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Likely Lad Rodney Bewes' national tour heading for Bungay

PUBLISHED: 11:51 21 September 2012

Rodney Bewes will be performing A Boy Growing Up at the Bungay Fisher Theatre

Rodney Bewes will be performing A Boy Growing Up at the Bungay Fisher Theatre

Archant

During the '60s and '70s he was one-half a much-loved comedy duo. His on screen escapades with fellow actor James Bolam captured the imagination of generations. But even though he is in his 60th year of his career, former Likely Lad Rodney Bewes is as enthusiastic as ever and RICHARD WOOD spoke to him ahead of a visit to Bungay.

AS he drives across the country in his 10-year old Mondeo, organises all of his own interviews and directs all of his own shows, there can be no mistaking his passion for performing.

Rodney Bewes might be in his 60th year as an actor, but he certainly hasn’t lost his enthusiasm for making people laugh.

Once it was as part of a series that is still regarded as a national treasure, and today it is part of a one-man performance showcasing the work of Welsh poet Dylan Thomas.

“I love going on tours with a one-man show,” said Rodney. “Some actors sit at home waiting for the phone to ring for episodes of Midsomer Murders, but I love this, I would not do it if I didn’t love it.”

It is 60 years since Rodney first started acting and he decided to mark his own Diamond Jubilee this year by performing some stories that inspired him so much.

When he was 14 years old he saw Emlyn Williams perform a collection of short stories from Dylan Thomas at the Globe Theatre, and it was a moment that changed his future forever.

“I went about six times and thought it was terrific, one chap on his own, making you laugh so much,” he said.

Now he has taken on the idea and is touring a selection of the stories that Dylan Thomas performed on the radio during the ‘40s and ‘50s under the title A Boy Growing Up.

“They are very funny, something he did as radio broadcasts. Stories of when he is growing up from a little boy staying with his grandfather, to staying with his uncle on the farm, and going to school. They are lovely short stories that are funny,” he said.

Despite being 74 years old he is still working as hard as ever as he puts on his show nationally. It is a hunger that has seen him perform 26 times in 26 days at the Edinburgh Fringe Festival, where he returns year after year as an “ageless master”.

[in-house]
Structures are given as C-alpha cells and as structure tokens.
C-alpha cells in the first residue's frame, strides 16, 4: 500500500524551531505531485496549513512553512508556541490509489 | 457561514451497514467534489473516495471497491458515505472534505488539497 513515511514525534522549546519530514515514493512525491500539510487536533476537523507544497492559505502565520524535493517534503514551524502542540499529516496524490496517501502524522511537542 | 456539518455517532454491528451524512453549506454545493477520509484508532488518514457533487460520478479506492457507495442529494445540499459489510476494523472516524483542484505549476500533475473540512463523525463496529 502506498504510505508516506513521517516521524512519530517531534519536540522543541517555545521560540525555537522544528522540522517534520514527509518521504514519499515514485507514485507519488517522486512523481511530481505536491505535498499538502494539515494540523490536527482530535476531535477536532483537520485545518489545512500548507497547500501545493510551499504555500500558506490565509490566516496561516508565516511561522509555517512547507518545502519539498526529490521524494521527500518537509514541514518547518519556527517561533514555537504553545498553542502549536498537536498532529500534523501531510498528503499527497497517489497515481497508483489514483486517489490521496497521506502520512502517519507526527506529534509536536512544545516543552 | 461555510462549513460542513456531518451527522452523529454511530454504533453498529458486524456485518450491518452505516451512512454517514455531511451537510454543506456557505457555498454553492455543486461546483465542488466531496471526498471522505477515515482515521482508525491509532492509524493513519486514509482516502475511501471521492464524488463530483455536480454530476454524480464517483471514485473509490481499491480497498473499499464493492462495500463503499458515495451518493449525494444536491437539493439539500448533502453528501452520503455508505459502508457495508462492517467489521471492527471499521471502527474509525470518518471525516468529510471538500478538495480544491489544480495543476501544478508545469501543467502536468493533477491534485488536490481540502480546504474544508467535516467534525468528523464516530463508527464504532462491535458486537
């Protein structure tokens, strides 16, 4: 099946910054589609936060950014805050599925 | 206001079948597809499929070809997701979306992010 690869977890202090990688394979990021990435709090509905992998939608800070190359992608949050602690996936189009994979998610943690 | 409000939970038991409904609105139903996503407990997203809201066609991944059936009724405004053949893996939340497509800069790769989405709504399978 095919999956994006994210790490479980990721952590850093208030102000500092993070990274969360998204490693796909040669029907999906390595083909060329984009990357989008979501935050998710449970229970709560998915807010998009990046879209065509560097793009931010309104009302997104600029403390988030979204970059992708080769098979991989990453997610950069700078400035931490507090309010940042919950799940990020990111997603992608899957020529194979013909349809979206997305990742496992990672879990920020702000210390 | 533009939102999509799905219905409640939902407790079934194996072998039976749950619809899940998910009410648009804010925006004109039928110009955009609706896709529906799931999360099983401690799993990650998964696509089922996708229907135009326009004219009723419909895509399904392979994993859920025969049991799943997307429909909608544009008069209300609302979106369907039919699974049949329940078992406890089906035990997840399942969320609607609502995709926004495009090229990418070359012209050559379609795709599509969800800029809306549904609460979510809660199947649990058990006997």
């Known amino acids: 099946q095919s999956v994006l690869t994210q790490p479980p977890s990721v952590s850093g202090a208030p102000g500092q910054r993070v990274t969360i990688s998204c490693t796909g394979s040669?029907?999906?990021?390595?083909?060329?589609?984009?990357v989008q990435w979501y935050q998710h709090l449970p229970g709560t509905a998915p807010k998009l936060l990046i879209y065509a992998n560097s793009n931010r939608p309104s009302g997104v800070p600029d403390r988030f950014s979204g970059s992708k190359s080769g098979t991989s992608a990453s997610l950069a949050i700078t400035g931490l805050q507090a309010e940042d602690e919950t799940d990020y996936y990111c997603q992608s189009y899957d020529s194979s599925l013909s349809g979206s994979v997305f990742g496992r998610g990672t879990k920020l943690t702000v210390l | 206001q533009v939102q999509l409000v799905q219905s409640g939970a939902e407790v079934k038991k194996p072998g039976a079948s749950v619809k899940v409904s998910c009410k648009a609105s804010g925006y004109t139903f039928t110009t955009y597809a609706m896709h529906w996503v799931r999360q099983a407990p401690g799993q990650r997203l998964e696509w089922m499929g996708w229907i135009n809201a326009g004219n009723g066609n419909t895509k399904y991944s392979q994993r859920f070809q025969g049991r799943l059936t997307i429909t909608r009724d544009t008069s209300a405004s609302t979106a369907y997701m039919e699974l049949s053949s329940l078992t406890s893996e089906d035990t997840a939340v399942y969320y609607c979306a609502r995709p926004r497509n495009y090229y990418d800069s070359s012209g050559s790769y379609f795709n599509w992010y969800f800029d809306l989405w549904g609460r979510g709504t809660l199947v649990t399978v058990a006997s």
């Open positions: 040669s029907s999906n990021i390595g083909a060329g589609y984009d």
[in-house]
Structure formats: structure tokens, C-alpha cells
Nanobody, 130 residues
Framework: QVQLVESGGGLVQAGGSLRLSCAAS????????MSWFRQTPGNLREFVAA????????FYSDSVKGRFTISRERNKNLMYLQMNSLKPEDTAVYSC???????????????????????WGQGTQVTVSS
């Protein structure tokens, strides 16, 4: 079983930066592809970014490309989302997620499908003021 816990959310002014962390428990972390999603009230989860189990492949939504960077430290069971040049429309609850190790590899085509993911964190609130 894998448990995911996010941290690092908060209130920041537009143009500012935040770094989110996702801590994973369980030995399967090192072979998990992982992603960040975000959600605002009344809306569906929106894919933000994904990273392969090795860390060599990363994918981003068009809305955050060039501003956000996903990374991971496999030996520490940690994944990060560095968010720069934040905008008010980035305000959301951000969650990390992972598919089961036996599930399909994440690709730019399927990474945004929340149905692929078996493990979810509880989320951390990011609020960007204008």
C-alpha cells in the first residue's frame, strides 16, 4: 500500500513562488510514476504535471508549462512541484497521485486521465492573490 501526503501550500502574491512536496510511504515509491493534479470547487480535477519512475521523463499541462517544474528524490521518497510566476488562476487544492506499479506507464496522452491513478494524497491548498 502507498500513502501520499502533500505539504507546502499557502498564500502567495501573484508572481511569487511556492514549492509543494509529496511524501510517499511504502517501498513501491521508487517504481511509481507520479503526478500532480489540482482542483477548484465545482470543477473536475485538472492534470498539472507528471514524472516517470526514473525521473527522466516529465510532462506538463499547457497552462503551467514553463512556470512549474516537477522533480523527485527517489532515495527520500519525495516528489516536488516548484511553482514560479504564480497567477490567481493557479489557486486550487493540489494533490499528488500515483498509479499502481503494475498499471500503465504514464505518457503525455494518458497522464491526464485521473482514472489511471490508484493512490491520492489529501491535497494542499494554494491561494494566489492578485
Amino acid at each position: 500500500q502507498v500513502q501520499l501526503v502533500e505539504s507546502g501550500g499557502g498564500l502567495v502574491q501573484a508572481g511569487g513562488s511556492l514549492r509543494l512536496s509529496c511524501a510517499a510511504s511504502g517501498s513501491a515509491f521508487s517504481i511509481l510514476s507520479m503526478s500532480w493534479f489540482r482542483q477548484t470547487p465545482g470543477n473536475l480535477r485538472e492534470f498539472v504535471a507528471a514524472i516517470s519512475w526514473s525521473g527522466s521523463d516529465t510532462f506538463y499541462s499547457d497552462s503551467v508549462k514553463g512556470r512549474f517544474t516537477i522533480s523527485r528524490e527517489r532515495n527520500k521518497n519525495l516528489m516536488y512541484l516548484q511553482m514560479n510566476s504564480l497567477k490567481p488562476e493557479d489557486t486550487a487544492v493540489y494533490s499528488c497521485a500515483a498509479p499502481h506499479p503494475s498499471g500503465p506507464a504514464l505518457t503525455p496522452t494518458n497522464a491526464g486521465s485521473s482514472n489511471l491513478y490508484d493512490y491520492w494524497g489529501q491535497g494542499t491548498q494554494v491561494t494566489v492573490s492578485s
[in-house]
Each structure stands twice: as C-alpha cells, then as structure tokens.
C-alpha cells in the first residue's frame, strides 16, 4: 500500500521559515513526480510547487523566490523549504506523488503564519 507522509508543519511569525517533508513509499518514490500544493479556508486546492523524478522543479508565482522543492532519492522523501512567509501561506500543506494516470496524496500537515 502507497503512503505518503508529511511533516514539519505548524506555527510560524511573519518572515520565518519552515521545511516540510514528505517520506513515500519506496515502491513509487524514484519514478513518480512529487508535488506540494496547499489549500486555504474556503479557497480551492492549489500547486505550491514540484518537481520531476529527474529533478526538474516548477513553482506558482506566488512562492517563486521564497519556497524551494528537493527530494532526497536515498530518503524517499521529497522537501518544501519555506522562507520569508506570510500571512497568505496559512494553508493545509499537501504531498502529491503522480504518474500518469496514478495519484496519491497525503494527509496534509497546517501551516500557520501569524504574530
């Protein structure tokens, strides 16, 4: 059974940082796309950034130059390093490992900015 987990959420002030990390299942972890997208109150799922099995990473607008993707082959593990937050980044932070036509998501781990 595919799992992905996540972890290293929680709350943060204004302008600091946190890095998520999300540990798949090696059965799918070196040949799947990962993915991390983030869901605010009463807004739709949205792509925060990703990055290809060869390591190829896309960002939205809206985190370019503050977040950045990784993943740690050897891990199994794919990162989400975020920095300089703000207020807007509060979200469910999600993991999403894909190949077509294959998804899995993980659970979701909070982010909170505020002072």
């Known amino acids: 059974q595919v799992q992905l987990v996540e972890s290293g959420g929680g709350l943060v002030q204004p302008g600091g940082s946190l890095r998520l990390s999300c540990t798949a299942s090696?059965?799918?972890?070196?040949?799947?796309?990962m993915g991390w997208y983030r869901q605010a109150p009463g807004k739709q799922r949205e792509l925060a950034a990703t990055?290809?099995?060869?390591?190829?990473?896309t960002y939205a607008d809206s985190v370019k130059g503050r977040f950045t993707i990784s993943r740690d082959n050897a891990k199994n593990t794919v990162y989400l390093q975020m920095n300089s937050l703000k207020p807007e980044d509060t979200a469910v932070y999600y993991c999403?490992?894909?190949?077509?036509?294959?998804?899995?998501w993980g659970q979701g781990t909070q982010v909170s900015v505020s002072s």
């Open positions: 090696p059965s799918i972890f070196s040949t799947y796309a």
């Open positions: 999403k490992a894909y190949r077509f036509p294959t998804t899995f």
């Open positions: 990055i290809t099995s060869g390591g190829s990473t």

“I love it. There are people who swear, do stand up and think they are clever, but here I am in the autumn of my career, I feel like an intruder,” he said.

He has performed in front of a huge variety of people throughout his years in entertainment, but among all the reviews and comments, his favourite piece of feedback came from a girl aged 10 or 11 years old.

“She was holding daddy’s hand and she came to me with the best bit of criticism. It was just two words; ‘you’re mad’. I loved it.”

Rodney’s fame was launched through his performance as Bob Ferris in the Likely Lads, and although his autobiography revealed that he had not spoken to co-star James Bolam for decades, he still admits he loves the show.

“I have a fan base because of Likely Lads, I know that. Young people say to me my parents talk about the Likely Lads, while I’ve even had some say their grandparents used to talk about it,” he said.

Performing alone on stage is very different for Rodney, and he revels in the opportunity to play with the live audience, with a torch on stage and programmes for any latecomers hoping to quietly sneak in.

“The first time I went do a one man show someone called it interactive and I did not know what that meant. It seems it means mucking about with your audience. I love latecomers and I love mobile phones going off,” he said.

“It’s good to be different. You have to do something to get people away from the tv and barbecue. It has to be special.”

Rodney Bewes will be performing at Bungay’s Fisher Theatre on October 10.

Tickets are available from the box office on 01986 897130 or via the website www.fishertheatre.org

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